Herper’s Insight: Free Roaming Lizards

When your monitor gets too big (3.5 ft. or larger) for a cage, you have to make a decision. Do you:

  • build a BIGGER cage;
  • convert a room into a monitor room;
  • give your monitor free roam of your home.

I made the choice of number 3 and will tell you how you also can live with a monitor sharing your living space. As you’ll see, the monitor does not “roam” all over the house as best as can be described as roaming. The monitor is very intelligent and has an excellent memory of where he is and where he is going — he simply memorizes certain areas. At least, that is the conclusion I’ve made of the observations in the four years Nessie has been “roaming free.”

[snip left2][/snip]It was December 22, 1995, when we (my husband and I) brought home a 4′ ornate Nile monitor weighing 11 lbs. and we didn’t have any cage setup because we didn’t know, at the time, that we were buying another Nile. At the time, we had 3 Niles: one in a 2’x4’X16″ tank and the other two sharing a 17″X5’X2′ tank. The first place we introduced Nessie to was the hallway bathroom, to the bathtub. He stayed in the tub until he felt like getting out (which he does easily) and then he started investigating. Monitors are very inquisitive of their surroundings. We closed off the rooms we didn’t want him wandering through and made sure (by observing) he didn’t tear or rip up any of the furniture. It would help if you clip the sharp points off of all the toenails of your monitor FIRST. In the master bedroom, we tucked in a small section of the bed skirt to serve as the “cave” entrance. When it came time to check out the bedroom, he was ready to call it a night when he got under the bed.We then placed a heating pad (set on Low), wrapped in a pillowcase, on the carpeted floor right outside the “cave” entrance for him to lay on in the morning.

When it comes time to feed Nessie and he is still under the bed, I dangle the rat (or place the food) right outside the cave entrance. He picks up the smell and he’s quick to get out from underneath the bed. I then lead him outside through the doggie door (in the same room) and he eats his meal on the patio. When Nessie finishes his food, he likes to lay outside absorbing the sunlight. He chooses when to come back inside — by way of the doggie door. Today, for example, I had the plastic in the doggie door to keep the dogs outside. Well, around 2 p.m., I heard scraping noises on the doggie door and I thought it was the dogs trying to get in. Much to my surprise, there was Nessie, tripod over the doggie door, looking through the glass and wanting in! I removed the plastic and guided him in.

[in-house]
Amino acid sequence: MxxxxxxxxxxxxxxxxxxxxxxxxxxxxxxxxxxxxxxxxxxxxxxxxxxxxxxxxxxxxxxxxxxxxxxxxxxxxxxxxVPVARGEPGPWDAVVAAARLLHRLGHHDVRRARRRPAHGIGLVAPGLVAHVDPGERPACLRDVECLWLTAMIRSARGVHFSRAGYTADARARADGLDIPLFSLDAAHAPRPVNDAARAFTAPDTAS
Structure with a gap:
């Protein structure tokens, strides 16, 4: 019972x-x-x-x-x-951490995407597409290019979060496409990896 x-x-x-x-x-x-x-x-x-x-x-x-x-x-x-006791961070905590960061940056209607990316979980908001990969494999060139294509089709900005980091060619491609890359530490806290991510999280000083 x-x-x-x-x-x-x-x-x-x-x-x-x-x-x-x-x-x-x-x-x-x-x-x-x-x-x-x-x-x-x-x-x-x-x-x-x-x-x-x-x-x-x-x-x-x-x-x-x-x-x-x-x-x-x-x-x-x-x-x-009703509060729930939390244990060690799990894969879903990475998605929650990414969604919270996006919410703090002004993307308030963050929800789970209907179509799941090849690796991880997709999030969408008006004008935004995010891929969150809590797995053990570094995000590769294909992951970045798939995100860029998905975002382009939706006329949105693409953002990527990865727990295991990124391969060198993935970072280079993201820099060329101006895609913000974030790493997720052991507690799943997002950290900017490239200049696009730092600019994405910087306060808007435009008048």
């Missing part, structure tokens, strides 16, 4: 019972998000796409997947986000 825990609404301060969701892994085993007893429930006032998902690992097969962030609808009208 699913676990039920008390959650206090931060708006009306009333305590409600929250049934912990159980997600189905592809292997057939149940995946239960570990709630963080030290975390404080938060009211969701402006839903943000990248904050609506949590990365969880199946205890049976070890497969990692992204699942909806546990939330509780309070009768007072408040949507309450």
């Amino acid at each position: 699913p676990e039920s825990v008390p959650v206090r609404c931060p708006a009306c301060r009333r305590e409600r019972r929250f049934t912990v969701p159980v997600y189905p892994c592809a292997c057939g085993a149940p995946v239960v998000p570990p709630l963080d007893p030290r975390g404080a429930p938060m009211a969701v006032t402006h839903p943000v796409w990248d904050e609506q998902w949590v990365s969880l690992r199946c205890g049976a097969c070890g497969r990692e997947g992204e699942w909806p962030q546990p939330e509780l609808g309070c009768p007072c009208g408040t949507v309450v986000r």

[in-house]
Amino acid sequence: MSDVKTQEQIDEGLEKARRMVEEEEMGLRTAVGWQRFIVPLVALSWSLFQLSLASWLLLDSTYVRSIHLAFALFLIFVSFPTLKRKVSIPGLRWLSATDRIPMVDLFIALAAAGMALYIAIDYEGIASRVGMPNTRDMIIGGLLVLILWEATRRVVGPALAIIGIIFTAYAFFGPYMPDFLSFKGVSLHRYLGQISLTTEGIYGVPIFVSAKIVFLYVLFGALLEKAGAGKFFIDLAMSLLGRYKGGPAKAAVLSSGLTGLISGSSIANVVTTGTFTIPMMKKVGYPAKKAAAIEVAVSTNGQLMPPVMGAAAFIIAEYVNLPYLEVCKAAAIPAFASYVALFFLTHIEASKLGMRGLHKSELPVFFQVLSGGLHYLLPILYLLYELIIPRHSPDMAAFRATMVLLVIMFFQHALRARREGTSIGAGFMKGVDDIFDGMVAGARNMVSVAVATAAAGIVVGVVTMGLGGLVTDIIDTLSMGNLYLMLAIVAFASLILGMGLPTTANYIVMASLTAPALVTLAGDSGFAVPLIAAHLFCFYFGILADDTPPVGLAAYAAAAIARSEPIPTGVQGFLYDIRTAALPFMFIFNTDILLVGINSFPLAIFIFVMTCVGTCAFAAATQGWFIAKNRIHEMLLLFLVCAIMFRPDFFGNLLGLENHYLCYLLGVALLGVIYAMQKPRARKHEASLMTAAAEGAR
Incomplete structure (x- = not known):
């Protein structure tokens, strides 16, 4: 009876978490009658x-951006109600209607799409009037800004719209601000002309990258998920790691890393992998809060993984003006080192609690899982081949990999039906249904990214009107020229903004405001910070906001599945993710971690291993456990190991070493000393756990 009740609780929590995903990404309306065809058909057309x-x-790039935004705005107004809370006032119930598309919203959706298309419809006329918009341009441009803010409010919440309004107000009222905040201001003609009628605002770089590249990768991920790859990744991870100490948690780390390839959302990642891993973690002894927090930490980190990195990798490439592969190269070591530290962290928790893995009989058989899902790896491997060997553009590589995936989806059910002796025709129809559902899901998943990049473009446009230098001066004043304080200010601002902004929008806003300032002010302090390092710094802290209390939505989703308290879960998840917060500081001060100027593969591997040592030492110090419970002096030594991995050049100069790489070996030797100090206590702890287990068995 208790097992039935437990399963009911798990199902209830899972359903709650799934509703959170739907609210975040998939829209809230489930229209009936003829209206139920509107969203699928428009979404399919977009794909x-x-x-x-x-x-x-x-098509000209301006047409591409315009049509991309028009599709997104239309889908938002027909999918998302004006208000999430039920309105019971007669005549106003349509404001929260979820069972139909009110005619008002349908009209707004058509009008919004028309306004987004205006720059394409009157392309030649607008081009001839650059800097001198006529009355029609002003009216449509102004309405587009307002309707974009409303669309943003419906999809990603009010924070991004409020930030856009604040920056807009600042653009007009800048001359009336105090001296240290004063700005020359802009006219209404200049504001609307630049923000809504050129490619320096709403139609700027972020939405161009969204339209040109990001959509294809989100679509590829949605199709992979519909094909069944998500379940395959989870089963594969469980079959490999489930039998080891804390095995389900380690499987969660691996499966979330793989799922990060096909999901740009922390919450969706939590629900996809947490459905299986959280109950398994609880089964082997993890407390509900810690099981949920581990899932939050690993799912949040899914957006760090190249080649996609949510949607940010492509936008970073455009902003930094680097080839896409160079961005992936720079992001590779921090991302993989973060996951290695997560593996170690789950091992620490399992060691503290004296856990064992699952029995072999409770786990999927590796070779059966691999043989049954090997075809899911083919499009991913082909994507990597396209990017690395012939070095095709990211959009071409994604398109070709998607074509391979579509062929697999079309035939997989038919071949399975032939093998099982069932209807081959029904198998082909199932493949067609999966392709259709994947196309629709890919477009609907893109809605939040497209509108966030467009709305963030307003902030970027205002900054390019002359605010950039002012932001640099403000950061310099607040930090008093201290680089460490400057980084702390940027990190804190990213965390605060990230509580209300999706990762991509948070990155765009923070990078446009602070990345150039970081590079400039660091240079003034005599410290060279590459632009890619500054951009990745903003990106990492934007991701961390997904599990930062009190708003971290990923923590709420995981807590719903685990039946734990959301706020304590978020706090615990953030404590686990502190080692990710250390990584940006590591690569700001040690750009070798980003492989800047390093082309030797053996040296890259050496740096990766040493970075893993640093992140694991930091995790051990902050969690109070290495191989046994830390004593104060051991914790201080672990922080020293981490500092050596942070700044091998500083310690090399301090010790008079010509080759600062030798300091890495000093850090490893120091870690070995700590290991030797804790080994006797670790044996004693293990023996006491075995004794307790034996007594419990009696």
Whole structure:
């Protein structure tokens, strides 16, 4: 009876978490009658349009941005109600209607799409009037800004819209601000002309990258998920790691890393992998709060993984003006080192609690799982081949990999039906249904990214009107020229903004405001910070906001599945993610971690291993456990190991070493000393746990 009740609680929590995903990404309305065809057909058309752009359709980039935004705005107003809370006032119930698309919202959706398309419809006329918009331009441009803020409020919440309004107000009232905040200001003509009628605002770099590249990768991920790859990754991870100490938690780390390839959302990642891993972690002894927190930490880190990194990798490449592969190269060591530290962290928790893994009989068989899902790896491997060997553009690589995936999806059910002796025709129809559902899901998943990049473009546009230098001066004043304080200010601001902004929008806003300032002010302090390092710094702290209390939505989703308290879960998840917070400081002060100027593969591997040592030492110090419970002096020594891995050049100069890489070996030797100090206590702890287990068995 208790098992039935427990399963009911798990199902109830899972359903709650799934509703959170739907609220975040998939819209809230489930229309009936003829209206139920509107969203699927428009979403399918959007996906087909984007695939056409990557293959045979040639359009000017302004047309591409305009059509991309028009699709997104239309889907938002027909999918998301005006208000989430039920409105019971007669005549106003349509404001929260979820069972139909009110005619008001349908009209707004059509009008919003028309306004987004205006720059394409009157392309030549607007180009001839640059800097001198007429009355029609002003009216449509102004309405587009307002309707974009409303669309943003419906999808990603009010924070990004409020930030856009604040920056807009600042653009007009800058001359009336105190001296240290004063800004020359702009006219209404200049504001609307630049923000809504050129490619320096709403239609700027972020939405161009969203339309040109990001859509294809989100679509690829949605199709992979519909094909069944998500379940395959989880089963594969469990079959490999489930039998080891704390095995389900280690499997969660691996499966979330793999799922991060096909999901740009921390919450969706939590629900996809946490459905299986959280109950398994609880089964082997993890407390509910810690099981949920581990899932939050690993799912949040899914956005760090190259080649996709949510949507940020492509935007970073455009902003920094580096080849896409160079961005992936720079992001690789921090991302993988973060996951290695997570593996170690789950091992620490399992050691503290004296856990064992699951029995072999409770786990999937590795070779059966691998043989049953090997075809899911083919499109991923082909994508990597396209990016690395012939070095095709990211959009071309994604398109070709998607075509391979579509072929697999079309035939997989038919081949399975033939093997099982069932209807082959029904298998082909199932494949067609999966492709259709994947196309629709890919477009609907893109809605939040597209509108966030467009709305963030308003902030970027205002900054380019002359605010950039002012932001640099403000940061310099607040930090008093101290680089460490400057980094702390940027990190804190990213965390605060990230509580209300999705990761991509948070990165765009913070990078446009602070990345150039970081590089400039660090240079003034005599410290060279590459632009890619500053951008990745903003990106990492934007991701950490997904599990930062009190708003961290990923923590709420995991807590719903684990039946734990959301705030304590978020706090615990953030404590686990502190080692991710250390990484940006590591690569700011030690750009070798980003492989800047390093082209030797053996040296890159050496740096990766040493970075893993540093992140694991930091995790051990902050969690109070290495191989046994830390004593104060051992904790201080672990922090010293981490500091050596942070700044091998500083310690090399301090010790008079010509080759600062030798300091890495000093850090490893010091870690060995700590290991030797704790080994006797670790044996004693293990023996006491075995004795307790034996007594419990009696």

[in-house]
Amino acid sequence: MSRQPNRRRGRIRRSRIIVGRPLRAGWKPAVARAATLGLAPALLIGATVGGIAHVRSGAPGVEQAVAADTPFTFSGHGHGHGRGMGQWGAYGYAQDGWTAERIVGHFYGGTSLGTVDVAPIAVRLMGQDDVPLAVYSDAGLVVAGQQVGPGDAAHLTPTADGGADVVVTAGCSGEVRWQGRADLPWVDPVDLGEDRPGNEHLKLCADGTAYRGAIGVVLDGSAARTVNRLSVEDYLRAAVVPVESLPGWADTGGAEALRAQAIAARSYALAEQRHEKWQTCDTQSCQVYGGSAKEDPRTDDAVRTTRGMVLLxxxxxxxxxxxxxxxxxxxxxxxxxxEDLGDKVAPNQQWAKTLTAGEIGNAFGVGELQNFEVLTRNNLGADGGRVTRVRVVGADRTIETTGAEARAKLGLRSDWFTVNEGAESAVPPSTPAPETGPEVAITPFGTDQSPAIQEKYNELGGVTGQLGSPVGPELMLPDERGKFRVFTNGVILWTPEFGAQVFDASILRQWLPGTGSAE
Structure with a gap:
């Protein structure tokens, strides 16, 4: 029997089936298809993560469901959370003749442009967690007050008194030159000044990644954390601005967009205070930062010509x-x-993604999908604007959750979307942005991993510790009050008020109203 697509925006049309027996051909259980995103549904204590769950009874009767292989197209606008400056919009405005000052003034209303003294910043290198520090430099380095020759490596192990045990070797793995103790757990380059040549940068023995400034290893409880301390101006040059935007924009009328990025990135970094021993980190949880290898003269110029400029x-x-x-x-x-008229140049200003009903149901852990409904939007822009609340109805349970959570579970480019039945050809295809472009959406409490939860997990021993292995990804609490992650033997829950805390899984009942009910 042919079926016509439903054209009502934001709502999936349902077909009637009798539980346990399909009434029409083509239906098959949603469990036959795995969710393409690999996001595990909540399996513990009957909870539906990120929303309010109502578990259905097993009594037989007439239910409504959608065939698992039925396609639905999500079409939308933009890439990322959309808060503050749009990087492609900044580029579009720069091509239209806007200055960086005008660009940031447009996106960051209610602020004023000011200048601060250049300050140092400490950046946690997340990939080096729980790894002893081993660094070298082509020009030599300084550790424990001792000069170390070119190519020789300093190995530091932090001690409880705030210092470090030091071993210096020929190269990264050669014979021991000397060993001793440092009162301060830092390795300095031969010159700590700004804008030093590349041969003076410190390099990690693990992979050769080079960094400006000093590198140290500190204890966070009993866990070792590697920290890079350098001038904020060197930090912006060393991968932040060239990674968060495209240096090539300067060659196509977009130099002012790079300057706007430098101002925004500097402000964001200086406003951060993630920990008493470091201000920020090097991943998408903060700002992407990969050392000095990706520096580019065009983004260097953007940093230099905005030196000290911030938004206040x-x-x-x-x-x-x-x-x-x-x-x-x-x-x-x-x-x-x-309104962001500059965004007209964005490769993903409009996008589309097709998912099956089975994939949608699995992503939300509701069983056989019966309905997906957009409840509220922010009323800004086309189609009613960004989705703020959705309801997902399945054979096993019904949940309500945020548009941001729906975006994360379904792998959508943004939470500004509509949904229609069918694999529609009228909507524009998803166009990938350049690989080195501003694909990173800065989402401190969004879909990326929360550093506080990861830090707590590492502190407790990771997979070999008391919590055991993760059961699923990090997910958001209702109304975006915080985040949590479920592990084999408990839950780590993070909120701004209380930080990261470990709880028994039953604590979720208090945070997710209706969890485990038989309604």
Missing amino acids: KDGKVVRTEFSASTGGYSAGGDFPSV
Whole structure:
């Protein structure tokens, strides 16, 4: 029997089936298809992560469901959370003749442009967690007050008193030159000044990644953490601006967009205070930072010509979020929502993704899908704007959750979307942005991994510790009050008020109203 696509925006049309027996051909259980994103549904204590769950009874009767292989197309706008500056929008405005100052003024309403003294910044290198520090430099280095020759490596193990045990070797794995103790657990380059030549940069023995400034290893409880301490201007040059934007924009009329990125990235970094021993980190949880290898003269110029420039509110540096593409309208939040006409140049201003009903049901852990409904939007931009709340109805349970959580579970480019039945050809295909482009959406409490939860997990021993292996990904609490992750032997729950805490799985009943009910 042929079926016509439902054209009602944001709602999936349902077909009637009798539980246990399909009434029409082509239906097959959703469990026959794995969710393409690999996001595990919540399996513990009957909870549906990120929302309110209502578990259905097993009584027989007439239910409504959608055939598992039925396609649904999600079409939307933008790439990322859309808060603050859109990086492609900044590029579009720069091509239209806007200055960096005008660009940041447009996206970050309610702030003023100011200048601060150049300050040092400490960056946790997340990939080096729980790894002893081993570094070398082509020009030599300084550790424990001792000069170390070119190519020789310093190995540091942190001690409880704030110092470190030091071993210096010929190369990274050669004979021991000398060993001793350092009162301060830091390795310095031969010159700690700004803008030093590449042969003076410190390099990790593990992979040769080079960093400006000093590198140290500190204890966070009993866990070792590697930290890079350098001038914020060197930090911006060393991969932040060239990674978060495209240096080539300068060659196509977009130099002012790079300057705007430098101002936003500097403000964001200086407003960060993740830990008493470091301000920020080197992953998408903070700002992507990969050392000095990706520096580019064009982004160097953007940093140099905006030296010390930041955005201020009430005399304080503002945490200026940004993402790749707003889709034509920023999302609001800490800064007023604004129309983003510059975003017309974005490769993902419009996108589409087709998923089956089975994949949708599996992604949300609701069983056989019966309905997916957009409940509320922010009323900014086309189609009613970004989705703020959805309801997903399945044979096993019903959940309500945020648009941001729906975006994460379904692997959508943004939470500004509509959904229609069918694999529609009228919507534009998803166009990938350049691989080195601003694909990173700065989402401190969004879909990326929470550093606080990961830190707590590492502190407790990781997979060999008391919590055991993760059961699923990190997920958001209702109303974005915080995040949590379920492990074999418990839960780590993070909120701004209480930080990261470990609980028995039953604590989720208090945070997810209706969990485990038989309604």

Keep in mind, this is after 4 years of daily repetition. Your monitor will get into the habit of doing what he does and going where he goes and your job will be to “curb” that behavior. What I mean by curbing his behavior is, stopping him from climbing on top of the furniture, keeping him from getting under the dresser, standing in front of him and guiding him with your foot, watching his every move till he gets settled, and removing him before he poops. You’ll start to recognize the signs of your monitor wanting to relieve himself and all you have to do is pick him up and get him either outside or in the bathtub (with water) before he goes poop.

If you want, you can hang a heat lamp over a corner of the bedroom, over a towel, for your monitor to “sun” himself if the weather outside is too cold. Here at my house, if it’s cold outside, Nessie might choose to stay under the bed all day and into the night. I’ll sometimes run a warm bath for him and he’ll soak in it all day.

Here is one more important observation I have made over these 4 years: since Nessie is NOT in a cage, he shows no aggression towards us or the other animals that share the home with him. Maybe it’s because WE are living in HIS cage. He has never bitten any of us (including the dogs and cats) and is very tolerant and docile.

Now you know what “free” roam of the home is all about. One’s interpretation of roaming free can be totally different from another’s. You can still choose to build a larger cage or convert a room to suit your monitor’s needs that’s for you to decide. However, if you choose to allow your monitor free roam, as you can see, it can be done.

By: Kathy Levinger


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